Report's author admits error as Nigerian authorities dismiss claim

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An article circulating on Facebook and Twitter claims that Nigerian schools will reopen on July 13, 2020, according to a government official. However, the claim is false; the author of the report admitted it was incorrect and Nigerian authorities have dismissed the claim.

The article has been shared more than 1,000 times on Facebook since it was published on a website called MySchoolNews.com.ng on June 3, 2020, according to data provided by social media monitoring tool CrowdTangle. 

A screenshot taken on June 10, 2020, showing the misleading article

The article claims that the Secretary to the Government of the Federation of Nigeria, who doubles as the Chairman of the Presidential Task Force on COVID-19, Boss Mustapha, made the disclosure while briefing journalists in the capital Abuja. However, it does not quote him directly.

Similar versions of the claim surfaced online hours after MySchoolNews’ publication, including here and here, as well as on Jamyco, a website previously the subject of a debunk by AFP Fact Check.

MySchoolNews published another article on June 4, 2020, reporting on a statement purportedly released by the education ministry saying that universities and polytechnics would reopen on July 20, 2020 -- a week later than schools.  

Both claims are false. No major Nigerian media reported on the purported resumption because Mustapha did not make such a statement, and neither was there any evidence to support the claim.

Shortly after MySchoolNews published the second article, it added a disclaimer, describing the press release it based the follow-up story on as “fake news”.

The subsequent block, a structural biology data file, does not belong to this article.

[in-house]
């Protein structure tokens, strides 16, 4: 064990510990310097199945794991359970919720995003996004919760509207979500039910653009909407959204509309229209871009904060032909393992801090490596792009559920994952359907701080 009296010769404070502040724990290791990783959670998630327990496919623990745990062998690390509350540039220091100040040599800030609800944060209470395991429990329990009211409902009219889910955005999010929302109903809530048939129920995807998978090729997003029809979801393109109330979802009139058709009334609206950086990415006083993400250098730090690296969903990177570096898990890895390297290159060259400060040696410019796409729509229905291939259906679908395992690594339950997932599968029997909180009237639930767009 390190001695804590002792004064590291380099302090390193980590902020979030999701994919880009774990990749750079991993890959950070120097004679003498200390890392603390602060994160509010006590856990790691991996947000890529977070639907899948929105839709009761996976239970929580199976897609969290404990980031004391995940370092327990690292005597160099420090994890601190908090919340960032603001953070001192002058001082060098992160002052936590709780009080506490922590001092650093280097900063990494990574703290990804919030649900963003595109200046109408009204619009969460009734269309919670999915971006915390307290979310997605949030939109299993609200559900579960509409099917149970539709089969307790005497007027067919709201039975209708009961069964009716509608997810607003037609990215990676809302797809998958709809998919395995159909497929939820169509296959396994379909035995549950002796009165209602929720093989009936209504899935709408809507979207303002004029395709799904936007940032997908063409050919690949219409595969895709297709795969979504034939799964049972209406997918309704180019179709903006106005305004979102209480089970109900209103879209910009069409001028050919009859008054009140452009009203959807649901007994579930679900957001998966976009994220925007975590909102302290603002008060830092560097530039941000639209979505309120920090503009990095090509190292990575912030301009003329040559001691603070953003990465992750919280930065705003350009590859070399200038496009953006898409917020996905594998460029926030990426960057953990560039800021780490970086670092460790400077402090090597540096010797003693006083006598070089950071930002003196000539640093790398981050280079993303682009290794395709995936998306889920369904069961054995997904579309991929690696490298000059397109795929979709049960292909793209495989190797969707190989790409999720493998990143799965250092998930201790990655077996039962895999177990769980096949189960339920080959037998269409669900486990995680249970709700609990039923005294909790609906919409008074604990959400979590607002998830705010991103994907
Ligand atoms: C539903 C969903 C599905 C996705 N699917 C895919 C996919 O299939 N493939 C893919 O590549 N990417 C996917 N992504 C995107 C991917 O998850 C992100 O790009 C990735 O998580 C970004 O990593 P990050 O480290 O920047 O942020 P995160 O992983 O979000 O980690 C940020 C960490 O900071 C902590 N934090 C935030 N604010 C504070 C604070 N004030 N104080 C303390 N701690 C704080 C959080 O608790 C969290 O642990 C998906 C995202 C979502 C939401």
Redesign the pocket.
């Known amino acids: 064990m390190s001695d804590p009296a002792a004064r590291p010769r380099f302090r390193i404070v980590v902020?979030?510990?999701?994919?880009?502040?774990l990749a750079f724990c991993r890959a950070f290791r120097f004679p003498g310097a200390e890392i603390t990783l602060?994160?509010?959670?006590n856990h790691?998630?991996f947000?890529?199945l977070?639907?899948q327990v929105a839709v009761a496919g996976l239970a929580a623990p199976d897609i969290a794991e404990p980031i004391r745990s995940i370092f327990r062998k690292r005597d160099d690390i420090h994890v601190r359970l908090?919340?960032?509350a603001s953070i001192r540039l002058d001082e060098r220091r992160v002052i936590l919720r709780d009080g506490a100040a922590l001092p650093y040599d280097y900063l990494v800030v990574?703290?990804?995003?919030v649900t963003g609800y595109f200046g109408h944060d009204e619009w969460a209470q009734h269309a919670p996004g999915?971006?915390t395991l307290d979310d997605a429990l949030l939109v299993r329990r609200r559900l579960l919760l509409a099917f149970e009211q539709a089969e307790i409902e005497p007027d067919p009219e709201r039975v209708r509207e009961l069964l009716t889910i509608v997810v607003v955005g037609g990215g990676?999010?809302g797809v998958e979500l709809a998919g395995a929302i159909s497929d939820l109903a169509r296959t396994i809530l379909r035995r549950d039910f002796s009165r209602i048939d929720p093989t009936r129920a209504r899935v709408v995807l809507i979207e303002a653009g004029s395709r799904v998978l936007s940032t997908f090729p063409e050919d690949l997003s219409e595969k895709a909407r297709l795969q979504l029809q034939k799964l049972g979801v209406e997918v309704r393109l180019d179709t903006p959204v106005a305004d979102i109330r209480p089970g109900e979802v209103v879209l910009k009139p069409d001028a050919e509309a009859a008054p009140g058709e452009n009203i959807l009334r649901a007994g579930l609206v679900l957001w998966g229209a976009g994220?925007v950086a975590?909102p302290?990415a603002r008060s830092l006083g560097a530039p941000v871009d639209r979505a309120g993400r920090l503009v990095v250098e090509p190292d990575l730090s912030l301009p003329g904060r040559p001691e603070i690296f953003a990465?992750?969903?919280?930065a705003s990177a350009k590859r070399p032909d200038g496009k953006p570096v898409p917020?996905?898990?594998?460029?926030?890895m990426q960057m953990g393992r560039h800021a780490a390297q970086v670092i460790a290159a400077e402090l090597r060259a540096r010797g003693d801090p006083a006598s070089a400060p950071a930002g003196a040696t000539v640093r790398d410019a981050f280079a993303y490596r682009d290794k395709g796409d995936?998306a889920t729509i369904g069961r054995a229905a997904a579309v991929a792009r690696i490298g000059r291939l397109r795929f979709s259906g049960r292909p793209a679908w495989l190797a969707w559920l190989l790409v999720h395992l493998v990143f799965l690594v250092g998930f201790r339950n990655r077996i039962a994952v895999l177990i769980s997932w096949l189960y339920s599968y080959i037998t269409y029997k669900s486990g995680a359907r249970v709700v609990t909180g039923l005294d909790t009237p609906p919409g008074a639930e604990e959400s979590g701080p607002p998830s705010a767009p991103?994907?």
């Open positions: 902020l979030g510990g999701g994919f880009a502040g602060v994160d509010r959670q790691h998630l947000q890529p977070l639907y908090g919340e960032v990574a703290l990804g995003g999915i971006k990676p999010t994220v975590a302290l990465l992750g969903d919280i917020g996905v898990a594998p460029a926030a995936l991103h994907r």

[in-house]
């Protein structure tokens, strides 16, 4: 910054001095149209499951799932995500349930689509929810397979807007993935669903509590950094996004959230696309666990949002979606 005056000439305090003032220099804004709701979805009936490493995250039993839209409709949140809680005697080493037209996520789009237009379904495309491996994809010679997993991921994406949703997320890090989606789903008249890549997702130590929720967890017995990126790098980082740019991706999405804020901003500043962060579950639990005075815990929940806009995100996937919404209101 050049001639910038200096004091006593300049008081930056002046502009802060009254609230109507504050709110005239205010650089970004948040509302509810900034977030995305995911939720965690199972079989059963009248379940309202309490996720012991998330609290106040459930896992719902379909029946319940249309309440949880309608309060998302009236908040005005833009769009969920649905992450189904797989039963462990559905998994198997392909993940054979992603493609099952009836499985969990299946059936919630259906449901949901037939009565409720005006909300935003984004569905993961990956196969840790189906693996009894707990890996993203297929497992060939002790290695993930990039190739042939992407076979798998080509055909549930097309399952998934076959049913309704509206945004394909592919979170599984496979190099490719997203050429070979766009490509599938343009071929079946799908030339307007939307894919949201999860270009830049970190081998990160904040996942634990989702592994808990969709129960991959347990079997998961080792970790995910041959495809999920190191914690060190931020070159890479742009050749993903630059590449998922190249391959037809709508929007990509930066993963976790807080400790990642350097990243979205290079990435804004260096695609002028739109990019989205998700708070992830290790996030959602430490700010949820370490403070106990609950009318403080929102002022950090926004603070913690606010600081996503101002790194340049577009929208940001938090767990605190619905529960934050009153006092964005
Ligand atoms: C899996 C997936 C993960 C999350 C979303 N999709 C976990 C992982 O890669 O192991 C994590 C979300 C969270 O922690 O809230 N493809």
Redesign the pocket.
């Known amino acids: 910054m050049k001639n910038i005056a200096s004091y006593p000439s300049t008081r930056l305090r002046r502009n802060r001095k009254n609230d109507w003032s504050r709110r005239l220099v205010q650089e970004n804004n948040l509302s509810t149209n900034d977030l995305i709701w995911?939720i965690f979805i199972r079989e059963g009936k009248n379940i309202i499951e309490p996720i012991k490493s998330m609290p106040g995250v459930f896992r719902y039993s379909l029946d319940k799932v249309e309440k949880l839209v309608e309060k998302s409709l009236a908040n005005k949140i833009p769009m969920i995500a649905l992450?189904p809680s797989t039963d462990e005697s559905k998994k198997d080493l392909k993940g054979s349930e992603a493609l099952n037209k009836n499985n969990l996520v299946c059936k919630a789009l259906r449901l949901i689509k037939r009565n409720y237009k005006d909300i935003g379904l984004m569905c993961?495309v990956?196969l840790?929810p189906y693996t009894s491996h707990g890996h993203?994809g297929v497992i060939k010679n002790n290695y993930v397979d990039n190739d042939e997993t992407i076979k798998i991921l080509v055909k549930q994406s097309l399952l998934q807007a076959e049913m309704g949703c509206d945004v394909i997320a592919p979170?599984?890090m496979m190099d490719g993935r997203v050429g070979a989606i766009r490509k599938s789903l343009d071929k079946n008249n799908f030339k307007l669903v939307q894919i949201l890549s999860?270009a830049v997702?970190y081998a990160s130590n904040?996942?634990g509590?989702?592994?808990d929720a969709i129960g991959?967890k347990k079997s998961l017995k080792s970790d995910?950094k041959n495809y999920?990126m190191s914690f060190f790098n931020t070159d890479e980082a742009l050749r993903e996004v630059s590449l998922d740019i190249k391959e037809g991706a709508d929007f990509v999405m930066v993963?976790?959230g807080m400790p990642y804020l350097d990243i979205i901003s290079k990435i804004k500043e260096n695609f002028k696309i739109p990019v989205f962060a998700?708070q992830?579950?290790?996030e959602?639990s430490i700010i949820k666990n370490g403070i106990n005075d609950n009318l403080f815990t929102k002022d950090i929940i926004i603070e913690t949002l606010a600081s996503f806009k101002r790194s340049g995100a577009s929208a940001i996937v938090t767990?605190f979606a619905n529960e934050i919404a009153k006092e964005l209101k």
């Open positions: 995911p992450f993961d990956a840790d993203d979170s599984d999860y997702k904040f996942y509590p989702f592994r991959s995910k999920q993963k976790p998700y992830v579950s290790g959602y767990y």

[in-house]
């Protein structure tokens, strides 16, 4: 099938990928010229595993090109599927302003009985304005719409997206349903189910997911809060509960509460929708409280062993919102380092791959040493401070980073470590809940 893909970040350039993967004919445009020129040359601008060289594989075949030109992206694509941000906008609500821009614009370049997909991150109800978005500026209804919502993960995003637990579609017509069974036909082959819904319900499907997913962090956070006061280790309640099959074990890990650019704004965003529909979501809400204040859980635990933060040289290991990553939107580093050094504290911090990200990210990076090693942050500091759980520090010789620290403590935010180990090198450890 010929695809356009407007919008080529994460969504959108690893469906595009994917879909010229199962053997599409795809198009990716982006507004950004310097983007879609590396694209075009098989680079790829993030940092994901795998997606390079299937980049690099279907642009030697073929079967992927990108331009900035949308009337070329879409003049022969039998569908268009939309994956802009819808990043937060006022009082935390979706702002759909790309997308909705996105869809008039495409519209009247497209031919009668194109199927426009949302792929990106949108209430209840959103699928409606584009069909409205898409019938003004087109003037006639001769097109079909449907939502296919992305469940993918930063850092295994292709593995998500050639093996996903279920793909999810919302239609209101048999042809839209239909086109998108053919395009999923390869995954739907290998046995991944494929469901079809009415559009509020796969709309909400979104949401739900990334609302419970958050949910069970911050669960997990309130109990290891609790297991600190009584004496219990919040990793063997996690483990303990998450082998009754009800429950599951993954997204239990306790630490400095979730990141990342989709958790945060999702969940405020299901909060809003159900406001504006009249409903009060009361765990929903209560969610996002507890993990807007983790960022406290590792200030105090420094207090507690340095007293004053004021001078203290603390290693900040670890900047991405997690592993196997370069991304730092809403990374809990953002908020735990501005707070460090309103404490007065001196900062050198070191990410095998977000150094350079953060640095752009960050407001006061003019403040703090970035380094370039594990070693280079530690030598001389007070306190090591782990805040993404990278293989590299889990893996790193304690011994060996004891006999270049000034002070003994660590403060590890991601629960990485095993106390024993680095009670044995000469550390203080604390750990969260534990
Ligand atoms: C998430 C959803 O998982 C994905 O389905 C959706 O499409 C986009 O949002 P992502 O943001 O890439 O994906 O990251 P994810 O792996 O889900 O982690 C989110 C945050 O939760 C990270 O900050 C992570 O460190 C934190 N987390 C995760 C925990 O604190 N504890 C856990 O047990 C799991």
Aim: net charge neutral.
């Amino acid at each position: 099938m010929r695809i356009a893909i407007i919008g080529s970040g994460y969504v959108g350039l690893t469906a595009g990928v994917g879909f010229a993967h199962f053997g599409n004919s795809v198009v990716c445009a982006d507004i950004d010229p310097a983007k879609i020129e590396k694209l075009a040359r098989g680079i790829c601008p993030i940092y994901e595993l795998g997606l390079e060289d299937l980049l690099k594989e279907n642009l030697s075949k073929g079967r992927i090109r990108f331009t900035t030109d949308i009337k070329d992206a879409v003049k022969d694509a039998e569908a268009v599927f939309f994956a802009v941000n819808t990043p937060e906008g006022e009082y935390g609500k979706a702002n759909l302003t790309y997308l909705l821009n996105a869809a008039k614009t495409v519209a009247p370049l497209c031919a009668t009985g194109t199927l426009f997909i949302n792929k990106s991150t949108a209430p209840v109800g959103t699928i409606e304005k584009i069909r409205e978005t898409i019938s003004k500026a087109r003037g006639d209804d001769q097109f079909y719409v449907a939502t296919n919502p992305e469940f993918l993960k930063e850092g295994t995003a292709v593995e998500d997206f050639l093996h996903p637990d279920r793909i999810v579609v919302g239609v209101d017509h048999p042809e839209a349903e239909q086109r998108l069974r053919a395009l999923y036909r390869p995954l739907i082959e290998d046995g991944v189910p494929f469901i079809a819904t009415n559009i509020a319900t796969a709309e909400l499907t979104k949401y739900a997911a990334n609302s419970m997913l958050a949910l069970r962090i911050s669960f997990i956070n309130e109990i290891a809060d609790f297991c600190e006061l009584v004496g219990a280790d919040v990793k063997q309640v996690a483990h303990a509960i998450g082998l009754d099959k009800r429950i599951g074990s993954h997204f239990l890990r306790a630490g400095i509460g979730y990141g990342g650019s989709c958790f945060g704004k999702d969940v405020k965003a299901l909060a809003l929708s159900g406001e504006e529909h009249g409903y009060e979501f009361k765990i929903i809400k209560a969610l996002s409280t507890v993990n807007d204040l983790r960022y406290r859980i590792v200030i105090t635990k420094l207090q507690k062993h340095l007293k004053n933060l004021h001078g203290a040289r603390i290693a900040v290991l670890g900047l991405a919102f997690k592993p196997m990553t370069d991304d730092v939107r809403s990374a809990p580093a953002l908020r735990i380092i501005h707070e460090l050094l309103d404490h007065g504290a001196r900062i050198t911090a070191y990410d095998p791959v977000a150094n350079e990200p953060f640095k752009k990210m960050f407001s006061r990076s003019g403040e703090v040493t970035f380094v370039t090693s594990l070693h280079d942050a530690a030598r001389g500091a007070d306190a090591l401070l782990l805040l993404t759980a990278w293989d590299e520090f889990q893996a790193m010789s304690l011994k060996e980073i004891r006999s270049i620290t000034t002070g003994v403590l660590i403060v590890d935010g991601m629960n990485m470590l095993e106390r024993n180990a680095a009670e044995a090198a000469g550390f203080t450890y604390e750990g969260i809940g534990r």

A screenshot taken on June 10, 2020, showing the disclaimer

“We wish to inform students and the general public to discard it (the education ministry press release, editor’s note), it is fake news emanating from a group of individuals try to cause panic on schools resumption date in Nigeria (sic),” it reads. “We urge you all to exercise patience while the Federal government is doing the needful to ensure a good learning environment for students across the country.”

MySchoolNews clarified that Mustapha said the federal government would reopen schools “following the easing of the lockdown and reopening of worship centres, markets and business” and “when the safety of the school children could be guaranteed”.

Nigerian education authorities denied the claims and said no decision had been made to reopen schools. The education ministry warned against “unconfirmed news” in statements posted to its official social media accounts. 

“Kindly disregard all unconfirmed news not originating from the Ministry's Official Media Handles,” the ministry said on Facebook and Twitter on June 4, 2020. “The Official date for Resumption of Schools Nationwide is yet to be confirmed.”

Schools in Nigeria have been closed since March 2020, with Health Minister Osagie Ehanire saying the government was still working to “judge when it is safe” to resume classes. 

However, Africa’s most populous country eased restrictions on religious gathering on June 1, 2020, for an initial period of four weeks in line with many of its west African neighbours. 

Segun Olakoyenikan